Does life really begin at conception?

It all depends on how you define Photo: Egg and sperm

FLORIDA, November 16, 2012 — During this year’s election cycle, abortion rights made quite a stir.

On both the left and the right, there was no shortage of words about whether or not abortion services should remain legal. At times, it seemed like the subject was more important to a great deal of voters than our nation’s economic future.

Who could have imagined that the Great Recession would actually take a backseat to Roe v. Wade?

Nonetheless, very little progress was made on discussing the social, as well as scientific, realities of abortion. In my opinion, the issue is presented in a far more complex manner than it needs to be. The essential question is as follows: When does life begin?

This has nothing to do with public funding, mandatory waiting periods, age limits, parental notification, or religious imperatives. No, it boils down to something far more important — the very meaning of what it is to be alive.

Life itself is defined as an organism’s capacity for self-sustainment, with the singular alternative being nonexistence, which is also referred to as death. Considering this, it becomes very difficult to claim that an embryo or, in certain cases, fetus is truly alive. While both undeniably possess the potential for life, the equally undeniable fact is that potentials are not actualities.  

Opponents of abortion rights frequently state that heartbeat begins at a relatively early stage of pregnancy. They are not wrong, but what is being spoken of pertains only to muscular action. Without the carrier in question’s incubatory support, all potential for life would vanish.

Viability comes about at a far later stage. Estimated to occur between twenty-four and twenty-eight weeks into pregnancy, this is when one can make a convincing argument that the fetus is no longer a solely developing entity. With the ability to survive outside of said carrier’s body, it has attained the status attributed to a living human being.  

After all, if said fetus no longer requires total and complete support from an objectively living individual, has it not become an individual in its own right? Does any individual have the liberty to take the life of another? Most certainly not.

Some hardline anti-abortion rights activists strongly believe that life begins at the instant of conception. If one is to seriously consider this idea, then all cells operating within a person’s body are alive as well, whether they be in a strand of hair or an appendix. Severing either of these, in turn, becomes murder.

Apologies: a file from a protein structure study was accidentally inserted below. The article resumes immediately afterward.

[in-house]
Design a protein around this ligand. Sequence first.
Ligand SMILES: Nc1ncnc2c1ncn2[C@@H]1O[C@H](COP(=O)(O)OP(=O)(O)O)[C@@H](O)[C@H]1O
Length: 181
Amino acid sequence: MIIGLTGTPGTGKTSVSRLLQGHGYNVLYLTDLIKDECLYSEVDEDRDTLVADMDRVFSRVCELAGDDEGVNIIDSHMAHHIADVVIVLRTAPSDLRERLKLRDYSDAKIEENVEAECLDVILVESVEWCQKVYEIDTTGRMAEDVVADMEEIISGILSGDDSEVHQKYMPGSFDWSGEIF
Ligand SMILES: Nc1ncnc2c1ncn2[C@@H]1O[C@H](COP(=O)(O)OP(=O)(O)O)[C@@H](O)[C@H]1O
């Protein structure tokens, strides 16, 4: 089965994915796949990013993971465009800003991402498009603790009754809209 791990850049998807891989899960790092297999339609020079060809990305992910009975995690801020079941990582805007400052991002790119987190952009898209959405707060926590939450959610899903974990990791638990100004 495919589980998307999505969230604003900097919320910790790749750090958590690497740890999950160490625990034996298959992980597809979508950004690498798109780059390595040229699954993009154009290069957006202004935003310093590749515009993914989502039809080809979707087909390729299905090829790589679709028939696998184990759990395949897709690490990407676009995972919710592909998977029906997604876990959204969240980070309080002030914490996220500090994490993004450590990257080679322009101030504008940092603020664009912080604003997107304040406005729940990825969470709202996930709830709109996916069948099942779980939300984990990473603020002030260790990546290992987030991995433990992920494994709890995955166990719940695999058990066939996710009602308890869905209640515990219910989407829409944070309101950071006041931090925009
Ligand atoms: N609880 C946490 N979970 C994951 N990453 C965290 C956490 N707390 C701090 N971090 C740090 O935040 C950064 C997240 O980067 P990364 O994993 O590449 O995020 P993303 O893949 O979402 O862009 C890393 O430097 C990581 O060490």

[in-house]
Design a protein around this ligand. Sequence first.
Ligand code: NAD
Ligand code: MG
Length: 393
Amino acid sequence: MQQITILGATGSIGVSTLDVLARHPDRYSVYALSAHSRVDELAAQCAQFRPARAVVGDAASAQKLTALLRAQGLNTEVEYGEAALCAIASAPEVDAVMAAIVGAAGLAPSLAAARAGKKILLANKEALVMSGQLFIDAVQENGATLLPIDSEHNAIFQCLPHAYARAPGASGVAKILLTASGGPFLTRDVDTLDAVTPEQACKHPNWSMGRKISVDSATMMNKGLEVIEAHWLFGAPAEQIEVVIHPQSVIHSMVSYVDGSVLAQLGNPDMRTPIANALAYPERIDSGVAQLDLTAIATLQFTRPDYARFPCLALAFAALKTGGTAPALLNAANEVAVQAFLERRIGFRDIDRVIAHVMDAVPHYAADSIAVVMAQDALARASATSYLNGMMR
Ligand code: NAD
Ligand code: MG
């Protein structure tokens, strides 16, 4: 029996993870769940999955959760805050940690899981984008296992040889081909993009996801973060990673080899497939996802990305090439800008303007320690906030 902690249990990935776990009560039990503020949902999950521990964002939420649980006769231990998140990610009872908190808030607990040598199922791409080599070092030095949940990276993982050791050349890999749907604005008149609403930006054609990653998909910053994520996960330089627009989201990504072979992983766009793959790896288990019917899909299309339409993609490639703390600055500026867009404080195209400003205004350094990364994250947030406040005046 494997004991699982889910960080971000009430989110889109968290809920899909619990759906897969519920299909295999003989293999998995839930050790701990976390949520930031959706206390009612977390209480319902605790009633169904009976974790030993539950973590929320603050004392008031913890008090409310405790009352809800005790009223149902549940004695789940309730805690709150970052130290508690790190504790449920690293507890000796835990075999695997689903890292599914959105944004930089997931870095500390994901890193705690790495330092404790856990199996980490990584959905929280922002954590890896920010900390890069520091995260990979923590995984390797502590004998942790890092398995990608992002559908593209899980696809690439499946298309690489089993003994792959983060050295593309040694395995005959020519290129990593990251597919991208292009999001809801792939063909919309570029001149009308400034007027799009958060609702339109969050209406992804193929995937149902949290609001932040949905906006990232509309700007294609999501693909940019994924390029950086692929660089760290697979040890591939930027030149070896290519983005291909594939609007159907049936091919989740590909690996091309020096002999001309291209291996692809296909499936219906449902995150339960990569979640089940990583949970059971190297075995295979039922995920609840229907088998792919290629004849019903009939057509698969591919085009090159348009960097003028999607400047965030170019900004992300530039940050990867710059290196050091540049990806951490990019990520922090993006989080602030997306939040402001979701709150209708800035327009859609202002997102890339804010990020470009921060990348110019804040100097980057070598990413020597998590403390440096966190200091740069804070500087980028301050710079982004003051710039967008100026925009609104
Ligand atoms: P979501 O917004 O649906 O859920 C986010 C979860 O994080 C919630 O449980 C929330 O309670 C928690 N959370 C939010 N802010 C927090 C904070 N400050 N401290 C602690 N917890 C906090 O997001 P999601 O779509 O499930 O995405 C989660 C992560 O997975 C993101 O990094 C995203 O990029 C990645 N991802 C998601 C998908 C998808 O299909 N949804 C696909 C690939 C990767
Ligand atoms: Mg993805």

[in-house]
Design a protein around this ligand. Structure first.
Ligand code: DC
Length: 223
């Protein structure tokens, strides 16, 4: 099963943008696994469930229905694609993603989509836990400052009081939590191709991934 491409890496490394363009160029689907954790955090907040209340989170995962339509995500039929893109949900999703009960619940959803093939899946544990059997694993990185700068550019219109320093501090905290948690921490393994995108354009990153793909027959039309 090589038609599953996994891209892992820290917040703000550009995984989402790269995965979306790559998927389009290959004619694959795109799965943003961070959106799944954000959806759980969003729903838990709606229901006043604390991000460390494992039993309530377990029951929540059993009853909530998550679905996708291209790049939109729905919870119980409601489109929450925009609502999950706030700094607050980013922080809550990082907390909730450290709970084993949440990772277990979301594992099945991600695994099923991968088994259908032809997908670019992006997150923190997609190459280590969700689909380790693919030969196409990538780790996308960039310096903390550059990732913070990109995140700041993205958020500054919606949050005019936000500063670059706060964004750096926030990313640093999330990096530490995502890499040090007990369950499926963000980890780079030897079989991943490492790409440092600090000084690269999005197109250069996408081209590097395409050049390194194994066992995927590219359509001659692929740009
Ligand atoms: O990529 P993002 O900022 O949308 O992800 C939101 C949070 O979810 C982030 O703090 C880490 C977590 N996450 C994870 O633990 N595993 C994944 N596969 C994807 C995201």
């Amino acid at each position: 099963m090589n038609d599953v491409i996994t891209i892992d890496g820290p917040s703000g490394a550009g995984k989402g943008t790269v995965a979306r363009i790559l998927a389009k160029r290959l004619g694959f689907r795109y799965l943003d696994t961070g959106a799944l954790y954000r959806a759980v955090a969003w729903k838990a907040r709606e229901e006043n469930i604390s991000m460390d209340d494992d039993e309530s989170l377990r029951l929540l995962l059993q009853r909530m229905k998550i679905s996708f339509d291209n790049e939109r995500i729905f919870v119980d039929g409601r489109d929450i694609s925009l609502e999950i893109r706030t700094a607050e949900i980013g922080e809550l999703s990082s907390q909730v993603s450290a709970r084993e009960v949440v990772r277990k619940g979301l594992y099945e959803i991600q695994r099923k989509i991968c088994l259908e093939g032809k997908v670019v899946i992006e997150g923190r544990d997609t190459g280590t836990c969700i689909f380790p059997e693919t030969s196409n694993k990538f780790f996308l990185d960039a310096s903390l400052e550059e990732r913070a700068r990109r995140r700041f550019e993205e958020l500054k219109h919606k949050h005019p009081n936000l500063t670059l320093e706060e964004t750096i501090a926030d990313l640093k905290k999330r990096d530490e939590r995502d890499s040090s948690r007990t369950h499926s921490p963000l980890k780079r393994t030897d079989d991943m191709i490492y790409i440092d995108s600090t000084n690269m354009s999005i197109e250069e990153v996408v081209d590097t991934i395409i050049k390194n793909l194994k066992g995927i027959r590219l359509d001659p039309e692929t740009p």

It goes without mentioning that such a concept, if applied to virtually any given legal system, would cause chaos and strife of epic proportions. The law would collapse under the weight of its own ludicrousness and leave those trying to adhere to it in a worse situation than experienced beforehand.

On the opposite side of the political spectrum, a growing percentage of ethicists think that life begins at sentience. This denotes the ability for consciousness, which is not present in any meaningful fashion until long after birth. Under such a code of morality, terminating a nearly month-old infant is completely acceptable. 

Needless to say, this sort of thing opens the door for unimaginable horrors. In terms of practicality, it makes about as much sense as putting tumors on the same level as viable fetuses.

Brushing aside partisan rhetoric and discounting theological substitutions for scientific data are understandably no small feats for a substantial number of Americans. Throughout the course of their lives, many become dangerously immersed in their respective political ideologies, religious creeds, or both. These people often lose track of the reality that others hold different views. 

By recognizing an objective standard, however, on a topic so monumentally important as the beginning of human life, we can begin to bridge seemingly bottomless divides that have been built in our society.

My opinion is my opinion, and I am sure that the majority of those reading this disagree with it. I personally prefer things this way, and would only ask that, as far as abortion rights are concerned, one’s stance be rooted on the solid ground of fact and reason. Too few bother to make such a provision, and this has led to our degenerated state of public discourse. 

With so many matters in serious need of discussion, what a shame that is. Oh, well. That’s life, I suppose.

Much of this article was first published as When Does Human Life Begin? on

This article is the copyrighted property of the writer and Communities @ Written permission must be obtained before reprint in online or print media. REPRINTING TWTC CONTENT WITHOUT PERMISSION AND/OR PAYMENT IS THEFT AND PUNISHABLE BY LAW.

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Joseph Cotto

Joseph F. Cotto is a social journalist by trade and student of history by lifestyle choice. He hails from central Florida, writing about political, economic, and social issues of the day. In the past, he was a contributor to Blogcritics Magazine, among other publications. He is currently at work on a book about American society.

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